to order the defendant not to trade, manufacture, bottle, sell and/or to advertise and/or to have designate, manufacture, bottle or sell or advertise in the Federal Republic of Germany a whiskey which is not Scotch Whiskey, under the designation “Glen Buchenbach.”
The defendant advances to reject the claim.
Defendant notes that the term “Glen Buchenbach” is a word play by a combination of the place of origin Berglen and the river Buchenbach. The term “Glen” is a common word in English. The public does not recognize Scottish origin. The word comes from the Irish Gaelic and means a valley in that language as well. It is therefore not a sign of a Scottish origin. There are also the “Old Glenmore” whiskeys from Kentucky and “Glenmore” from Ireland. The fact that according to the public survey , 33.8% of whiskey drinkers/buyers associate “Glen” with Scotland, can be explained by the fact that Scotland is a major whiskey producer. In that respect, the survey is unusable. It should have been asked first, without any connection with whiskey, whether “Glen” calls for an association with a particular region.
II. The outcome of the appeal depends on the question of how Article 16 (1) (a) to (c) of Regulation No 110/2008 must be interpreted. If the defendant has acted in breach of this rule, the applicant may claim under Paragraph 135 (1) of the law on the protection of marks and other distinguishing marks (Gesetz über den Schutz von Marken und Sonstigen Kennzeichen), by analogy or in any event pursuant to § 3, § 3a and §8 (1) of the (Law on unfair competition) [Gesetz gegen den unlauteren Wettbewerb].
The question is, therefore, whether the registered geographical indication “Scotch Whiskey” may be harmed by the use of the “Glen” component within the meaning of Article 16 of Regulation No 110/2008.
- Article 16 (a) of Regulation No 110/2008 refers to “indirect commercial use” of a registered geographical indication for spirits.
According to one of the views expressed in the literature on Article 13 of Regulation (EU) No 1151/2012 of the European Parliament and of the Council of 21 November 2012 on quality arrangements for agricultural products and foodstuffs, “direct use” is the use of the protected geographical indication of the product and “indirect use” another act, such as use in advertising or enclosures . According to another view, “direct use” is used on the product or on its packaging, in advertising or as product name, whereas “indirect use” by referring to the protected name (“tastes like …”). .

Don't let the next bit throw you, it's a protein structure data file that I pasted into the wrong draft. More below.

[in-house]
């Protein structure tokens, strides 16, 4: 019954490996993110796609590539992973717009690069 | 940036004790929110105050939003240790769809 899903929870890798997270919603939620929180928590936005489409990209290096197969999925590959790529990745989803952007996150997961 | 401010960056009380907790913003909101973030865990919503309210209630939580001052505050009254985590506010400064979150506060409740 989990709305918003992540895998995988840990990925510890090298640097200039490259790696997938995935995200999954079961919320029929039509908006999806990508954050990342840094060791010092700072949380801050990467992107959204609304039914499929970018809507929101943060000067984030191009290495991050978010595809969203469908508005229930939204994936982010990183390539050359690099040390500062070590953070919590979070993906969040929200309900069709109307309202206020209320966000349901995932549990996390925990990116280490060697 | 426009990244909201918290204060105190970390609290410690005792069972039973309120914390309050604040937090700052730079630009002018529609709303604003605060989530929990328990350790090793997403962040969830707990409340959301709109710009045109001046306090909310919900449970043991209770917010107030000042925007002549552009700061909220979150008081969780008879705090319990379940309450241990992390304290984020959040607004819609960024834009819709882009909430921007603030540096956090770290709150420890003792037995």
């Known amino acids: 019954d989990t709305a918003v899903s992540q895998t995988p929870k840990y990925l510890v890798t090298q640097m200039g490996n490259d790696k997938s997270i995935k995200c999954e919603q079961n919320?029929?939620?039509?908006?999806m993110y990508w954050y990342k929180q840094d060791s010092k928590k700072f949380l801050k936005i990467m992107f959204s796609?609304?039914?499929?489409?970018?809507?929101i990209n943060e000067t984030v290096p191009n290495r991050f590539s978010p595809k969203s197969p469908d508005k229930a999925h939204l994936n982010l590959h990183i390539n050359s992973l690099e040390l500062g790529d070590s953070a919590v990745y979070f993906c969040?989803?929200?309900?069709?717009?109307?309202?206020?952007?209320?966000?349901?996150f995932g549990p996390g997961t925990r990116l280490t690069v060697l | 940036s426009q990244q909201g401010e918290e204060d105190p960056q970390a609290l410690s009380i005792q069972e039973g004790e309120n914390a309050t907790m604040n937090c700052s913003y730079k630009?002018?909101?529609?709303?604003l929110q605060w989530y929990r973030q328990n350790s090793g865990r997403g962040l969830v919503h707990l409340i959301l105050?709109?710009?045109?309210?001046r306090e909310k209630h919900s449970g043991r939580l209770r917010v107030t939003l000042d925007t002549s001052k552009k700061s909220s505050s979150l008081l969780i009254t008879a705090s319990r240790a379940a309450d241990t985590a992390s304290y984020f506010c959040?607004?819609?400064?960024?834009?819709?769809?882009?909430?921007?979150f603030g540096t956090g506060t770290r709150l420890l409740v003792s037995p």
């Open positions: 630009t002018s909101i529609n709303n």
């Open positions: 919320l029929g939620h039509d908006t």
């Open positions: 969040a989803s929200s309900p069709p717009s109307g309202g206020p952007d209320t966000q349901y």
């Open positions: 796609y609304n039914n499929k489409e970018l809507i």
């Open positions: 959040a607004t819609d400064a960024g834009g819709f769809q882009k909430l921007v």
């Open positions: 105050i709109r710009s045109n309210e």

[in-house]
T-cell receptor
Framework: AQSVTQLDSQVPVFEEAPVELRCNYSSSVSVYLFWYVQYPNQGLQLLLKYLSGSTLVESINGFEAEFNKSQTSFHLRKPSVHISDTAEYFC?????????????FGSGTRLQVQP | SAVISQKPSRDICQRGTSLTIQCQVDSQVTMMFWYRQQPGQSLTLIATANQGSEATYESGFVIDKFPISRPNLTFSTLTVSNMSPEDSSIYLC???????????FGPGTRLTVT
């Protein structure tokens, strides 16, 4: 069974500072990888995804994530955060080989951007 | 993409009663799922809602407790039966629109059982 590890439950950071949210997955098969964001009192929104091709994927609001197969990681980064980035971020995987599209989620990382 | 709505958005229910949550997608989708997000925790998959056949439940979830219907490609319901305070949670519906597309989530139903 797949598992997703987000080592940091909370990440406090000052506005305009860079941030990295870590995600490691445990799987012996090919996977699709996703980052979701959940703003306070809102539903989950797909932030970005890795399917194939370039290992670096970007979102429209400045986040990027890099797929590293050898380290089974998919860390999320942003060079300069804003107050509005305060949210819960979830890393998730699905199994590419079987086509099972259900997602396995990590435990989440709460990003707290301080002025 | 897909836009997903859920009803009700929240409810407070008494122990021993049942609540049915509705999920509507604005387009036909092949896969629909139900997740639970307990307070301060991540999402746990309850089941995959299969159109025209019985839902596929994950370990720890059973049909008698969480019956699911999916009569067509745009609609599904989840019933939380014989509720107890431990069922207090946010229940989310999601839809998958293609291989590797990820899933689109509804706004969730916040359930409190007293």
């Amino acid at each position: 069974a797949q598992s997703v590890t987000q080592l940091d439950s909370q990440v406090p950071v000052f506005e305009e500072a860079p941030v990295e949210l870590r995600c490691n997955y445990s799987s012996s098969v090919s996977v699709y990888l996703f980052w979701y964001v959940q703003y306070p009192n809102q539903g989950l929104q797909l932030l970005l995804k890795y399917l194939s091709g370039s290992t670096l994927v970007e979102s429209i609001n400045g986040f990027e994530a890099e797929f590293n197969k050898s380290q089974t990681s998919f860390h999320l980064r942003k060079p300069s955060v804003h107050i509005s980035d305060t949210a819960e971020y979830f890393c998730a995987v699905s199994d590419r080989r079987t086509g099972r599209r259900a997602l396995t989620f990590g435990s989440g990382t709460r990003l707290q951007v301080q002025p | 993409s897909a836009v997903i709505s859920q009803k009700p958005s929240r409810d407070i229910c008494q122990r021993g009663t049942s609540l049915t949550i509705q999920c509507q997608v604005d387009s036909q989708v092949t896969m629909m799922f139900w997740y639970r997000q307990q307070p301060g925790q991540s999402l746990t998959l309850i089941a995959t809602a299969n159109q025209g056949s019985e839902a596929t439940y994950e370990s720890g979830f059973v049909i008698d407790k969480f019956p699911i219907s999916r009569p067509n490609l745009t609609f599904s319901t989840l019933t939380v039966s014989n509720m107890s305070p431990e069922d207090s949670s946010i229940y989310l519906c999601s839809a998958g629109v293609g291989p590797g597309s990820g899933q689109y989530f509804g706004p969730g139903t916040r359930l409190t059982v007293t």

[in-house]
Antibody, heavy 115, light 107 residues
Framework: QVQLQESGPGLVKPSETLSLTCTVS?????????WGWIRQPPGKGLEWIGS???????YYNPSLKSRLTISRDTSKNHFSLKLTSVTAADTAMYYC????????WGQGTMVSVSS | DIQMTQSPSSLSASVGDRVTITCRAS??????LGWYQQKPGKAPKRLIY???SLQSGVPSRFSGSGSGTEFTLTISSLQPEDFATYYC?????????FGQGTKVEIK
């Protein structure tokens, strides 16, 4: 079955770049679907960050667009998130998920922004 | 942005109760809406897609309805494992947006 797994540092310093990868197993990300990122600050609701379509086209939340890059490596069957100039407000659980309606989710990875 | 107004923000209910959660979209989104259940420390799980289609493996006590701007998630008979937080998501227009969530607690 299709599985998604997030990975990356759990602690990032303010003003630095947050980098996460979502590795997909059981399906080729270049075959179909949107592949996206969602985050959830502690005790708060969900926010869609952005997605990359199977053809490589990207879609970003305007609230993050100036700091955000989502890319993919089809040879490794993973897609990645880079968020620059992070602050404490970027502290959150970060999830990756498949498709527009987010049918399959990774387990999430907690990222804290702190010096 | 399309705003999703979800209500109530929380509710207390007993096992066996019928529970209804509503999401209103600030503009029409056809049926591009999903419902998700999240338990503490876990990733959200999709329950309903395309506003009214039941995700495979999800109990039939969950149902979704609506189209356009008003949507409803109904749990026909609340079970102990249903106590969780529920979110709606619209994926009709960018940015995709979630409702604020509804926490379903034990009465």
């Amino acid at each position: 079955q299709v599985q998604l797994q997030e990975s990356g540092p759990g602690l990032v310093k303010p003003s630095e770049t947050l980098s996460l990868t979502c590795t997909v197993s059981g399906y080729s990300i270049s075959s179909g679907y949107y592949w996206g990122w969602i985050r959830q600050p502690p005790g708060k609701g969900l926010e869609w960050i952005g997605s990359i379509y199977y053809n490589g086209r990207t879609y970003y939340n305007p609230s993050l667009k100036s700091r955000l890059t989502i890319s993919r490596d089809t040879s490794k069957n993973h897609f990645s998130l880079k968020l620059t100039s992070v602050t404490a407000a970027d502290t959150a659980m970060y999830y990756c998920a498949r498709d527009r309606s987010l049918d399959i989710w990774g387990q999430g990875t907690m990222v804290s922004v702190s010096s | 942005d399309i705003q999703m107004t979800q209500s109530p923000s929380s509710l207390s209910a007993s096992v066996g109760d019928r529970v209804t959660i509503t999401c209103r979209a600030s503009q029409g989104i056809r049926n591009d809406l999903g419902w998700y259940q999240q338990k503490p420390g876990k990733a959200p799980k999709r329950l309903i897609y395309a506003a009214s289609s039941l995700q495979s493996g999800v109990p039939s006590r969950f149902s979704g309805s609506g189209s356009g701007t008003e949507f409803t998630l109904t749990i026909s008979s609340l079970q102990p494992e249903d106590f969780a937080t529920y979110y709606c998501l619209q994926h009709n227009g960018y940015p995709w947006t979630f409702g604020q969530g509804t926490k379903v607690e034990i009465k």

If these views are correct, indirect use would also be required for the geographical indication to be used in identical or, in any event, from a phonetic and/or optical viewpoint, similar form. In that interpretation, the Court would consider Article 16 (a) of Regulation No 110/2008 irrelevant, since ‘Glen’ and ‘Scotch Whiskey’ are neither identical nor comparable. This interpretation, however, does not appear to be compelling. It is conceivable that the provision is to be interpreted as meaning that it is sufficient for “indirect use”, if the object in question triggers any association with the registered geographical indication or geographical area in the target audience. There is apparently no case-law of the Court of Justice about this specific interpretation question. The Court of Justice has merely stated that Article 16 (a) to (d) of Regulation No 110/2008 refers to different cases where a product is explicitly or implicitly referred to as a geographical indication in circumstances where either the public may be misled or at least can be brought to make an association with regard to the origin of the product, or the market party is unlawfully able to benefit from the reputation of the relevant geographical indication (judgment of 14 July 2011, Bureau national interprofessionnel Du Cognac, C-4/10 and C-27/10, EU: C: 2011: 484, point 46).